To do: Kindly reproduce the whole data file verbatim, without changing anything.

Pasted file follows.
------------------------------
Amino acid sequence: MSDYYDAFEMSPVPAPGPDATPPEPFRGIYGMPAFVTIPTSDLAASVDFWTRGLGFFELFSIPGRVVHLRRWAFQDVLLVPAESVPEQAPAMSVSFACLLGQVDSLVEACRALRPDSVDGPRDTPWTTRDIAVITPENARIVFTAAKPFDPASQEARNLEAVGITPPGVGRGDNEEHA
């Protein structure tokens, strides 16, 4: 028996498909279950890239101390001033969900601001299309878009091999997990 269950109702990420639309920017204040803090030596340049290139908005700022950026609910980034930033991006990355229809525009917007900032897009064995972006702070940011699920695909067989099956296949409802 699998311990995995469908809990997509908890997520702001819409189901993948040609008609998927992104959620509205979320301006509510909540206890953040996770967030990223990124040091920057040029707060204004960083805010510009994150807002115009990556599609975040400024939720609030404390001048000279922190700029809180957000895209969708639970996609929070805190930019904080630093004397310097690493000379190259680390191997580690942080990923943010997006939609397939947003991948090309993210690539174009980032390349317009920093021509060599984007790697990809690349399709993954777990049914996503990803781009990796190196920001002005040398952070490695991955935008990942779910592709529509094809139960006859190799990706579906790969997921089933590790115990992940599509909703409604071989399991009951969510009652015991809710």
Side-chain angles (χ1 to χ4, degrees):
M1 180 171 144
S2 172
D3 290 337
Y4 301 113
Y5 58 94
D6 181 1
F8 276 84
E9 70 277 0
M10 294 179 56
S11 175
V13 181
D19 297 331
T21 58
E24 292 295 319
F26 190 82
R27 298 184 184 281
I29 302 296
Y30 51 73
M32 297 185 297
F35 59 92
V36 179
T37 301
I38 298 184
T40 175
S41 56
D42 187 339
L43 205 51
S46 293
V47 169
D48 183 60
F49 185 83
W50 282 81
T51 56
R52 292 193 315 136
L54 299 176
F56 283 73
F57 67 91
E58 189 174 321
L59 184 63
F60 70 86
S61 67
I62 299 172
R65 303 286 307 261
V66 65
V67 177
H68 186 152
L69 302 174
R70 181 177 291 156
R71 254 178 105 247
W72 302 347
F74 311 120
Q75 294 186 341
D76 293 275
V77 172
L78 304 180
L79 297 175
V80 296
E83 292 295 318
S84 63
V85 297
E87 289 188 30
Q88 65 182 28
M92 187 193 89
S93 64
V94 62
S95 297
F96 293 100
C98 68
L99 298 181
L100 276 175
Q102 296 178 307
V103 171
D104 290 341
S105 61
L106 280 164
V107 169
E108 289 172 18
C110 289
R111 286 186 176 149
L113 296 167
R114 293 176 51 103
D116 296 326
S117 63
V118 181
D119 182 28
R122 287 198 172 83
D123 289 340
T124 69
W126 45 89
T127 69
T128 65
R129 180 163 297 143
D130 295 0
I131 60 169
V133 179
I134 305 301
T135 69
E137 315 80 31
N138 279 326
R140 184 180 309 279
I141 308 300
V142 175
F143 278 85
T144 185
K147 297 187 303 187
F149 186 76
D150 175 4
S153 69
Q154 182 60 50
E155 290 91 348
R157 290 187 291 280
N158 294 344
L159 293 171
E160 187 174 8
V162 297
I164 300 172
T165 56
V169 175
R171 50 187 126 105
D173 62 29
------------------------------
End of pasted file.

Amino acid sequence: MSDYYDAFEMSPVPAPGPDATPPEPFRGIYGMPAFVTIPTSDLAASVDFWTRGLGFFELFSIPGRVVHLRRWAFQDVLLVPAESVPEQAPAMSVSFACLLGQVDSLVEACRALRPDSVDGPRDTPWTTRDIAVITPENARIVFTAAKPFDPASQEARNLEAVGITPPGVGRGDNEEHA
């Protein structure tokens, strides 16, 4: 028996498909279950890239101390001033969900601001299309878009091999997990 269950109702990420639309920017204040803090030596340049290139908005700022950026609910980034930033991006990355229809525009917007900032897009064995972006702070940011699920695909067989099956296949409802 699998311990995995469908809990997509908890997520702001819409189901993948040609008609998927992104959620509205979320301006509510909540206890953040996770967030990223990124040091920057040029707060204004960083805010510009994150807002115009990556599609975040400024939720609030404390001048000279922190700029809180957000895209969708639970996609929070805190930019904080630093004397310097690493000379190259680390191997580690942080990923943010997006939609397939947003991948090309993210690539174009980032390349317009920093021509060599984007790697990809690349399709993954777990049914996503990803781009990796190196920001002005040398952070490695991955935008990942779910592709529509094809139960006859190799990706579906790969997921089933590790115990992940599509909703409604071989399991009951969510009652015991809710």
Side-chain angles (χ1 to χ4, degrees):
M1 180 171 144
S2 172
D3 290 337
Y4 301 113
Y5 58 94
D6 181 1
F8 276 84
E9 70 277 0
M10 294 179 56
S11 175
V13 181
D19 297 331
T21 58
E24 292 295 319
F26 190 82
R27 298 184 184 281
I29 302 296
Y30 51 73
M32 297 185 297
F35 59 92
V36 179
T37 301
I38 298 184
T40 175
S41 56
D42 187 339
L43 205 51
S46 293
V47 169
D48 183 60
F49 185 83
W50 282 81
T51 56
R52 292 193 315 136
L54 299 176
F56 283 73
F57 67 91
E58 189 174 321
L59 184 63
F60 70 86
S61 67
I62 299 172
R65 303 286 307 261
V66 65
V67 177
H68 186 152
L69 302 174
R70 181 177 291 156
R71 254 178 105 247
W72 302 347
F74 311 120
Q75 294 186 341
D76 293 275
V77 172
L78 304 180
L79 297 175
V80 296
E83 292 295 318
S84 63
V85 297
E87 289 188 30
Q88 65 182 28
M92 187 193 89
S93 64
V94 62
S95 297
F96 293 100
C98 68
L99 298 181
L100 276 175
Q102 296 178 307
V103 171
D104 290 341
S105 61
L106 280 164
V107 169
E108 289 172 18
C110 289
R111 286 186 176 149
L113 296 167
R114 293 176 51 103
D116 296 326
S117 63
V118 181
D119 182 28
R122 287 198 172 83
D123 289 340
T124 69
W126 45 89
T127 69
T128 65
R129 180 163 297 143
D130 295 0
I131 60 169
V133 179
I134 305 301
T135 69
E137 315 80 31
N138 279 326
R140 184 180 309 279
I141 308 300
V142 175
F143 278 85
T144 185
K147 297 187 303 187
F149 186 76
D150 175 4
S153 69
Q154 182 60 50
E155 290 91 348
R157 290 187 291 280
N158 294 344
L159 293 171
E160 187 174 8
V162 297
I164 300 172
T165 56
V169 175
R171 50 187 126 105
D173 62 29